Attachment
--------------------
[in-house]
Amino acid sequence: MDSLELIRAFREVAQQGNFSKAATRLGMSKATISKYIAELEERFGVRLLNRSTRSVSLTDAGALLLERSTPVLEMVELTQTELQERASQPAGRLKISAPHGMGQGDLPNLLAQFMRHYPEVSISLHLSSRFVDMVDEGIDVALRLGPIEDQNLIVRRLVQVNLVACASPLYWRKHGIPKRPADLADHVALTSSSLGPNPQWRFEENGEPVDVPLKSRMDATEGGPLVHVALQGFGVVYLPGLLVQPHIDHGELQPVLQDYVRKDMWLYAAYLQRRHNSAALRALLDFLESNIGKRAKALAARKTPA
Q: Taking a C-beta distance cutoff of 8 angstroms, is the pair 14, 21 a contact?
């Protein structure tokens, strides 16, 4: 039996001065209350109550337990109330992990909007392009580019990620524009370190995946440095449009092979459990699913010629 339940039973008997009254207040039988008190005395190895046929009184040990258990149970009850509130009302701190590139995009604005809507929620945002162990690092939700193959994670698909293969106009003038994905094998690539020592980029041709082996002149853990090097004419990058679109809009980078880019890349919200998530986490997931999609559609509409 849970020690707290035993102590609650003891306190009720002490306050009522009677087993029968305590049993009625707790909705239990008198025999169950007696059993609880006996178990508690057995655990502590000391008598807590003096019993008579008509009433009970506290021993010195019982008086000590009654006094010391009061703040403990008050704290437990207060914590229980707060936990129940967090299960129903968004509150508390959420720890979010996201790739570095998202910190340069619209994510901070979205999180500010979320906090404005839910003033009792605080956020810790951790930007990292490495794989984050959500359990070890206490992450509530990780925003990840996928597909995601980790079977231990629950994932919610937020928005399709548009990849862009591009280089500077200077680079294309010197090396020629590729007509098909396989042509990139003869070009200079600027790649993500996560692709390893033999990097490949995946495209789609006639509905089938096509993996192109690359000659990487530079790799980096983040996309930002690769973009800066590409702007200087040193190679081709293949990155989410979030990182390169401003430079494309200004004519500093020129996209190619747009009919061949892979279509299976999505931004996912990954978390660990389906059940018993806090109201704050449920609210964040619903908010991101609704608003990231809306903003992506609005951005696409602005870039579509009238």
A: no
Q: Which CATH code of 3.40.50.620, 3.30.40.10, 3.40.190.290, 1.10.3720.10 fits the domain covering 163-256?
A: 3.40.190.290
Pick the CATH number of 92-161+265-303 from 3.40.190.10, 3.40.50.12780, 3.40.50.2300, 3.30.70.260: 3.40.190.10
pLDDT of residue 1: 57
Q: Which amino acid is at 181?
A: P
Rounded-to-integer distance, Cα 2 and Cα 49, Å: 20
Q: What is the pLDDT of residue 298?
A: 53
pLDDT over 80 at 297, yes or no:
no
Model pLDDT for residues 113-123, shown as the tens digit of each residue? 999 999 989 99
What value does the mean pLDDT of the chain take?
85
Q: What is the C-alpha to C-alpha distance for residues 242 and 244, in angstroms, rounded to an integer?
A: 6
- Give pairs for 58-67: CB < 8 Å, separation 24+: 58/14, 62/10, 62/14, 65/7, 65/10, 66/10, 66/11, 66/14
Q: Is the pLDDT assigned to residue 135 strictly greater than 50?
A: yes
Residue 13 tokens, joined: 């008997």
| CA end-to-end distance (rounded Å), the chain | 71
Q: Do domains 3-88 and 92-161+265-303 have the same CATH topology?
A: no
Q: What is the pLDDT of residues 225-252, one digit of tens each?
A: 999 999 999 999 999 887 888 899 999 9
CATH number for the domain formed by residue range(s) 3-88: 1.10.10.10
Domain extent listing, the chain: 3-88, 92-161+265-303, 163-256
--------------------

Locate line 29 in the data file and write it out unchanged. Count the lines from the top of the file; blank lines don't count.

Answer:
Q: What is the pLDDT of residues 225-252, one digit of tens each?